Lacuna Coil Goes Delirious on Eighth Album
Italian goth band’s Cristina Scabbia on how they channeled madness on ‘Delirium’, going old-school with cassettes and the “constant honking” in India
Some of the craziest things about Lacuna Coil’s eighth full-length album Delirium go beyond the thematic influence of madhouses and mental illness in their lyrics. The metallers all mimicked kids’ voices on the intro to the track “Take Me Home”, invited Myles Kennedy [from metallers Alter Bridge and vocalist for guitar legend Slash] not to record his next-level vocals, but to show off his guitar skills on “Downfall”. The Italian metallers’ label Century Media will also release limited-edition cassettes, in a nod to go old-school. Says vocalist Cristina Scabbia over the phone from Dortmund, “When we started, our demo was on a cassette. It’s refreshing in a way, which is weird, because it’s definitely an old-school thing to do.”
Fuel for the hype machine notwithstanding, Delirium is yet another release that is enveloped in Lacuna Coil’s love for all things dark, brooding and of course, gothic. The 11-track album addresses “the horrors that we must face in everyday life by exploring the unknown, and to one day, hopefully find the cure.” Scabbia specifically notes that as much as they present gloomy music, there is a message of hope. She adds, “I want to say that everyone who feels rejected, alone, that is having problems ”“ in Delirium they will find comfort, because it’s been written by someone who went through tough moments and it’d be nice to get through everything together.”
The vocalist, who fronts the band alongside co-founder and co-vocalist Andrea Ferro, doesn’t divulge any specific details, but there have been recent professional challenges thrown the band’s way. Long-time members such as guitarist Cristiano Migliore and drummer drummer Cristiano Mozzati left in 2014, while their second guitarist Marco Biazzi also amicably left the band earlier this year. Lacuna Coil now comprises Scabbia, founding members Ferro and bassist/keyboardist Marco Coti Zelati, guitarist Daniel Sahagun and drummer Ryan Blake Folden, who has spent more time in the band’s headquarters in Milan than in his native California in the two years that he’s been part of the band, according to Scabbia. The vocalists adds the new lineup is already tight-knit. “It’s really like family. He’s not only a fantastic drummer ”“ that’s pretty clear when you hear the record and when you see him live ”“ but also to us, an amazing person. It was like we had also found a great person.”
Recorded with just four members [Sahagun joined the band in February], it’s no surprise that Delirium features guest artists, including guitarist Mark Vollelunga of American rock band Nothing More on “Blood, Tears, Dust” and Myles Kennedy on “Downfall”. Scabbia, who previously performed a duet with Kennedy on Alter Bridge’s song “Watch Over You”, says, “I just happened to send him a Christmas message in December and I also asked him if he wanted to be part of the record and put a solo on one of our songs. Instead of doing all the jobs by ourselves, we thought it would be even cooler to have guests and people we admire. I think he’s not only one of the most talented and amazing singers of our times, but a lot of people don’t know that he’s an incredible guitar player.” Sonically, the album follows the band’s influences of goth, industrial and modern metal, a crushing mix that couldn’t get more anthemic. Although Scabbia’s trademark lilt comes through, she says she wouldn’t mind picking up other vocal styles. “I would actually love to learn how to growl. Just for fun and to see how it would be, because a lot of people tell me that with my type of voice, ”˜It will be interesting to hear you growling’. That’s the only thing I’d be curious to try,” she says.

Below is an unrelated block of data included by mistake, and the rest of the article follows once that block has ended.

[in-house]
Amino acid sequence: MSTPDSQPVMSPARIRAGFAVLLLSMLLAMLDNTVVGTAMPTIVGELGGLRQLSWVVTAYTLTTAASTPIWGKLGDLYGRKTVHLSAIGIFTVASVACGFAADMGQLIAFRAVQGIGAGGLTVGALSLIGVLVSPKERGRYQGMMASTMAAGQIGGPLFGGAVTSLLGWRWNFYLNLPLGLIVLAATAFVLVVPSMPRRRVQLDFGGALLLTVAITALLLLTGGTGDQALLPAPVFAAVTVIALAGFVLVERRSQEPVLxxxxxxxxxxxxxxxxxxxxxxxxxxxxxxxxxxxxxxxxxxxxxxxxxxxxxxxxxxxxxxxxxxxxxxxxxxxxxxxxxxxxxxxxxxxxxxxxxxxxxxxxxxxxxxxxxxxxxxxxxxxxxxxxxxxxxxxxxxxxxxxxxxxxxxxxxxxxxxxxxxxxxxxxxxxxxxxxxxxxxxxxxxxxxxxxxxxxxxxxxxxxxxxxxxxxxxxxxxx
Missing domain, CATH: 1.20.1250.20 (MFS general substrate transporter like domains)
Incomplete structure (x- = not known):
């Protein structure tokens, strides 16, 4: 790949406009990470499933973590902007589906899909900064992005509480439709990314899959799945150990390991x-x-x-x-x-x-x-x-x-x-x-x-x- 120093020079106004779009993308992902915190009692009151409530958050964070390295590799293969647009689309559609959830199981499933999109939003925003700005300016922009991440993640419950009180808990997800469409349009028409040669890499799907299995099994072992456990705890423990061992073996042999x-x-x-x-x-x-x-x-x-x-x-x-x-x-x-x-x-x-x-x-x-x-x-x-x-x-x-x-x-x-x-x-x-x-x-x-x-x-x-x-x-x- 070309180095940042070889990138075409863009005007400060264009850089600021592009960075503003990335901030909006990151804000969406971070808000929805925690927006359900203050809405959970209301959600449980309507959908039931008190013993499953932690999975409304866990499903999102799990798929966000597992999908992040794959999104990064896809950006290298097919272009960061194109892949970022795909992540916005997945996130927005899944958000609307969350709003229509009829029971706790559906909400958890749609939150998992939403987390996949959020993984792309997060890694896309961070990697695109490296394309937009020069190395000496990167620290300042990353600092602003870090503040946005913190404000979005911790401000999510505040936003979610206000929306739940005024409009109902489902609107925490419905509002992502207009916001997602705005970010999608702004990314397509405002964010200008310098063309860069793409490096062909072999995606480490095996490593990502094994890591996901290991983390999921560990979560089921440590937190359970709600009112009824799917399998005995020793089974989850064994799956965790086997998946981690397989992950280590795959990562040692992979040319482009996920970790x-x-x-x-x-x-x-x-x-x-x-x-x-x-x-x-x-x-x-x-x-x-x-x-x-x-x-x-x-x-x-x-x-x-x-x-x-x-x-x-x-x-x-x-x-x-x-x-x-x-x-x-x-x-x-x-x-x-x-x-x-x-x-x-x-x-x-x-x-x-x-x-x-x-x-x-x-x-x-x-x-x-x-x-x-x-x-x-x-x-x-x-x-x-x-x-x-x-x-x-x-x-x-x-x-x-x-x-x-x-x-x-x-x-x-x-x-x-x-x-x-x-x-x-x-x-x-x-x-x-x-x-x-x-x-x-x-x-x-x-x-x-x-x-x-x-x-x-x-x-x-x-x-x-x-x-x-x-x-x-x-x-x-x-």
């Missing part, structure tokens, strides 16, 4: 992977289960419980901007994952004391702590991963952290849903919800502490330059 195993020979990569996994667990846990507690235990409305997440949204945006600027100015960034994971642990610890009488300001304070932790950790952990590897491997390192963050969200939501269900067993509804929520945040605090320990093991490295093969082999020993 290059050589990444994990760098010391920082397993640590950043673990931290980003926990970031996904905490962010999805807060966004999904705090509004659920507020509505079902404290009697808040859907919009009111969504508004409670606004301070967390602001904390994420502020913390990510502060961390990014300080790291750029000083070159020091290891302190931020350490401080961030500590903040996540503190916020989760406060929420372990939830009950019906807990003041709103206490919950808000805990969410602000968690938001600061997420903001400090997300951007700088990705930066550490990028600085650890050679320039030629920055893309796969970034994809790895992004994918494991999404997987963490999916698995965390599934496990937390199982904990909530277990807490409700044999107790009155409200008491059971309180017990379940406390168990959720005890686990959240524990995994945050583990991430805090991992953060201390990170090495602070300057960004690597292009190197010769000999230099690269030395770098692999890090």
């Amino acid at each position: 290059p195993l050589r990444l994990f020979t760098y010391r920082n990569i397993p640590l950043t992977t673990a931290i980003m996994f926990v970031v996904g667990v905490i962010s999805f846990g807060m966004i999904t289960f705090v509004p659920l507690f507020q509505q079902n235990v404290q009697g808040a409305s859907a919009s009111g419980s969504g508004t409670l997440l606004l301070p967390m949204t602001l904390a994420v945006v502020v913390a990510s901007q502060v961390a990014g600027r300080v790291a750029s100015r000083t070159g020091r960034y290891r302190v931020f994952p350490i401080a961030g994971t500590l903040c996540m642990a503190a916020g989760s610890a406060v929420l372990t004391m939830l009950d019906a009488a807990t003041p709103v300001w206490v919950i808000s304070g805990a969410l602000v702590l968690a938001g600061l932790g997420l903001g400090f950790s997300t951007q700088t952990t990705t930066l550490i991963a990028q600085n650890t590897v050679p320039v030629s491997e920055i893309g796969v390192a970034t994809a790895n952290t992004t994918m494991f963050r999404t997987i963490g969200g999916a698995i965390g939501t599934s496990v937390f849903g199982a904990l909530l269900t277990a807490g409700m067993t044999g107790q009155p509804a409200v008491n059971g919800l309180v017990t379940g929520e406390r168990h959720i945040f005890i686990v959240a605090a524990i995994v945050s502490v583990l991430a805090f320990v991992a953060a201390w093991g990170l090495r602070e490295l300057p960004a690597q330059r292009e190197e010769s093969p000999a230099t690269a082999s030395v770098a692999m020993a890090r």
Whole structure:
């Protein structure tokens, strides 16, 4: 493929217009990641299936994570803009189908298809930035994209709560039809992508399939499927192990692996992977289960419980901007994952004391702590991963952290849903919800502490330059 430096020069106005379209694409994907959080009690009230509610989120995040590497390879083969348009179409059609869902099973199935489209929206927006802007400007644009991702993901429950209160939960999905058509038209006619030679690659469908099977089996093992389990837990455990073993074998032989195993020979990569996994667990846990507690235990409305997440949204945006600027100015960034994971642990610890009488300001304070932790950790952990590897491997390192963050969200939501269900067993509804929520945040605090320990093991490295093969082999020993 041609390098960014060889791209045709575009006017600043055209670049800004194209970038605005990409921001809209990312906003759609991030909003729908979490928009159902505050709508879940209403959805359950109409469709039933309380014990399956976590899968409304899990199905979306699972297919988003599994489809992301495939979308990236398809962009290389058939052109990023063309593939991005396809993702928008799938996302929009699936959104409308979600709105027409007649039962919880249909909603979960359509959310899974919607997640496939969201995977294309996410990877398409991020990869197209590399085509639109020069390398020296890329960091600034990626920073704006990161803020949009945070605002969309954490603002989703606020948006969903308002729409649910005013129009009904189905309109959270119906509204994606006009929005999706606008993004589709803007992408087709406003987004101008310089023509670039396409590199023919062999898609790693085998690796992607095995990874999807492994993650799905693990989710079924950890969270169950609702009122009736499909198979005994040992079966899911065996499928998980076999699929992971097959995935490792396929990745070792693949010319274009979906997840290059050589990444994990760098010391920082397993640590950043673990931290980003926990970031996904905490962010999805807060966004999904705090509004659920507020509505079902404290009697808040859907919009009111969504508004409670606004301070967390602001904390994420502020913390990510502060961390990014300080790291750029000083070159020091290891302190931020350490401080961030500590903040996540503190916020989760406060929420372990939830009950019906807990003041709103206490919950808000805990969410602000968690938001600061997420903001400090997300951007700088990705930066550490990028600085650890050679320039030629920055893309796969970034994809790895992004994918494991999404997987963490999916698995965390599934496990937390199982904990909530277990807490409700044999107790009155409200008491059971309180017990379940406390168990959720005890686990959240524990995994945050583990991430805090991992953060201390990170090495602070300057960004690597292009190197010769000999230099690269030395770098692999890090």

With one single ”“ a signature epic song called “The House of Shame” ”“ released and a North America tour in the works to coincide with the May 27th launch of Delirium, Lacuna Coil are also hitting new shores. “We’re going to play for the first time in the Philippines at the end of the month. We’re going to play our first show in China as well. This year is going to be pretty full,” says Scabbia. They’re going a long way from home, although there are shows in Italy as well. Scabbia does echo the sentiment shared by fellow Italian metallers such as Fleshgod Apocalypse that it’s tough to be a metal band in their country. She says, “It’s a very conservative territory [for metal]. There isn’t a lot of space for rock and metal. It’s not like living in the States or in Germany. There are fans, but it’s very difficult for a band to come to the surface and become more known, because we just don’t have that rock/metal history.”
While there are a few Asia stops on the tour so far, Scabbia doesn’t know if an India show is on the cards yet. Lacuna Coil made their India debut in 2010, at the Great Indian Octoberfest in Bengaluru. Scabbia recalls, not surprisingly, her best memory of India, “The thing that really hit me was the constant honking. While we were driving, everybody was honking in the streets. It was like a party, 24 hours a day. I was really impressed. I really hope that we can come back to India.”